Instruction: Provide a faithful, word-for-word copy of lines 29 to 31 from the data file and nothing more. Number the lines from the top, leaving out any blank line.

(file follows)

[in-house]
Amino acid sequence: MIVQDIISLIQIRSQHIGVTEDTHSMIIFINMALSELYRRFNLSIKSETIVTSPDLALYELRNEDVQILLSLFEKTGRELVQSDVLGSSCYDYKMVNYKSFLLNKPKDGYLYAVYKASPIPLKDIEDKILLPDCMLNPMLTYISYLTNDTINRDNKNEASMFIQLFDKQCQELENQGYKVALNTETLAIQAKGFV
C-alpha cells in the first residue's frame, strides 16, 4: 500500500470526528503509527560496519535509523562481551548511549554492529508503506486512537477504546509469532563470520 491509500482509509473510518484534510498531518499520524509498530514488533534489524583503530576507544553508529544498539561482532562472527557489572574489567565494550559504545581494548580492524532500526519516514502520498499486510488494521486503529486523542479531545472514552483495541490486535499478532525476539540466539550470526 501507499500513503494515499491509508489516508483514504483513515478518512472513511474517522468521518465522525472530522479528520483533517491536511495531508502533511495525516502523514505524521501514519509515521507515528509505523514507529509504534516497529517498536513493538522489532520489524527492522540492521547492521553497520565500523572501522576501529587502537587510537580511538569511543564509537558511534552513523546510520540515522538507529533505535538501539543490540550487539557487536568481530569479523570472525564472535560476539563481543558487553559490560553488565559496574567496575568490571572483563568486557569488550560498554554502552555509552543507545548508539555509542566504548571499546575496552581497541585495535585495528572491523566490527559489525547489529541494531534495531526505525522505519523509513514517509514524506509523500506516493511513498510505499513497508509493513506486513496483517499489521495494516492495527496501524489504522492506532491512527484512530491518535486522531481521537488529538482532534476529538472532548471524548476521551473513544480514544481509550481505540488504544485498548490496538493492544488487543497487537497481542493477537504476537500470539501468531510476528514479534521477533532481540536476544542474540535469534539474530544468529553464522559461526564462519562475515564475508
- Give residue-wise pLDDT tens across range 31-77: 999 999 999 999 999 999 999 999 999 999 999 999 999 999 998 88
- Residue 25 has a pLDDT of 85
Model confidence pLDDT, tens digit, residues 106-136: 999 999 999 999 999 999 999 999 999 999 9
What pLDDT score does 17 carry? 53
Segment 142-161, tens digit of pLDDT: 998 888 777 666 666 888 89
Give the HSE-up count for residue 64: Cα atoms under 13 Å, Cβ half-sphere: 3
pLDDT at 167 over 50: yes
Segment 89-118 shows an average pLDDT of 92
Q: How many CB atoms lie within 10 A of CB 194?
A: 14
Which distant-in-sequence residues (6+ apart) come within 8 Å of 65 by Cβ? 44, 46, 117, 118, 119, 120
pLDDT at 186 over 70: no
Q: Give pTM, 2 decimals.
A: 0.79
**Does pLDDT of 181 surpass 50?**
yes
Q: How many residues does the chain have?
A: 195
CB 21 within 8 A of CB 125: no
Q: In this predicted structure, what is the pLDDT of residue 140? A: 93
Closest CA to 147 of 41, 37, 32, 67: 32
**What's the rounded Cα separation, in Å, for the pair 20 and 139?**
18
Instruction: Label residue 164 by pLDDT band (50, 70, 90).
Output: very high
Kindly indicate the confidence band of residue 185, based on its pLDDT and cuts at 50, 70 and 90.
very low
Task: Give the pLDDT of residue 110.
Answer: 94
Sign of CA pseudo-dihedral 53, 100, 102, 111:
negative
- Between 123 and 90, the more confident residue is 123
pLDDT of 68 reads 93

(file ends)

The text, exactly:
Kindly indicate the confidence band of residue 185, based on its pLDDT and cuts at 50, 70 and 90.
very low
Task: Give the pLDDT of residue 110.